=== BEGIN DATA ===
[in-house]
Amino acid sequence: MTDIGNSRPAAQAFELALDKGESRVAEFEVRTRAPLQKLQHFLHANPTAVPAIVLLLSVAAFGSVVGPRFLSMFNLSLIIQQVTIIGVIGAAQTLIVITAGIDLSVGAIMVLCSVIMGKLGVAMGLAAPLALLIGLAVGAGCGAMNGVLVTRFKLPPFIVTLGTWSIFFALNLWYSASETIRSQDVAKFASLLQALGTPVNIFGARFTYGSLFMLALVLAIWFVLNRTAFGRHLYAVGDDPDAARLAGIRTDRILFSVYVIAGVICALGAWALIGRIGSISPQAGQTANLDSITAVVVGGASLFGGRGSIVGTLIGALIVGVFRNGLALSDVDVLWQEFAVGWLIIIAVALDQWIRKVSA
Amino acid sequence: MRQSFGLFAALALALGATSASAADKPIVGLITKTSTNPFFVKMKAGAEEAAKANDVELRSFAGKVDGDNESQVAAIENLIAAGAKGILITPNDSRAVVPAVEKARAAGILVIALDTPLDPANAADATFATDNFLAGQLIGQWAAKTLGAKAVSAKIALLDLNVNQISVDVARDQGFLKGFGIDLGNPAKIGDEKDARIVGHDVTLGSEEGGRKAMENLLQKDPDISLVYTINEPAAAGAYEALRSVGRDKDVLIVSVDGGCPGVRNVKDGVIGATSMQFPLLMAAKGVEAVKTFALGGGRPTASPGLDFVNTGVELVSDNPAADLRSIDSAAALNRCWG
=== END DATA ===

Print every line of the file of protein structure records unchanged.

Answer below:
[in-house]
Amino acid sequence: MTDIGNSRPAAQAFELALDKGESRVAEFEVRTRAPLQKLQHFLHANPTAVPAIVLLLSVAAFGSVVGPRFLSMFNLSLIIQQVTIIGVIGAAQTLIVITAGIDLSVGAIMVLCSVIMGKLGVAMGLAAPLALLIGLAVGAGCGAMNGVLVTRFKLPPFIVTLGTWSIFFALNLWYSASETIRSQDVAKFASLLQALGTPVNIFGARFTYGSLFMLALVLAIWFVLNRTAFGRHLYAVGDDPDAARLAGIRTDRILFSVYVIAGVICALGAWALIGRIGSISPQAGQTANLDSITAVVVGGASLFGGRGSIVGTLIGALIVGVFRNGLALSDVDVLWQEFAVGWLIIIAVALDQWIRKVSA
Amino acid sequence: MRQSFGLFAALALALGATSASAADKPIVGLITKTSTNPFFVKMKAGAEEAAKANDVELRSFAGKVDGDNESQVAAIENLIAAGAKGILITPNDSRAVVPAVEKARAAGILVIALDTPLDPANAADATFATDNFLAGQLIGQWAAKTLGAKAVSAKIALLDLNVNQISVDVARDQGFLKGFGIDLGNPAKIGDEKDARIVGHDVTLGSEEGGRKAMENLLQKDPDISLVYTINEPAAAGAYEALRSVGRDKDVLIVSVDGGCPGVRNVKDGVIGATSMQFPLLMAAKGVEAVKTFALGGGRPTASPGLDFVNTGVELVSDNPAADLRSIDSAAALNRCWG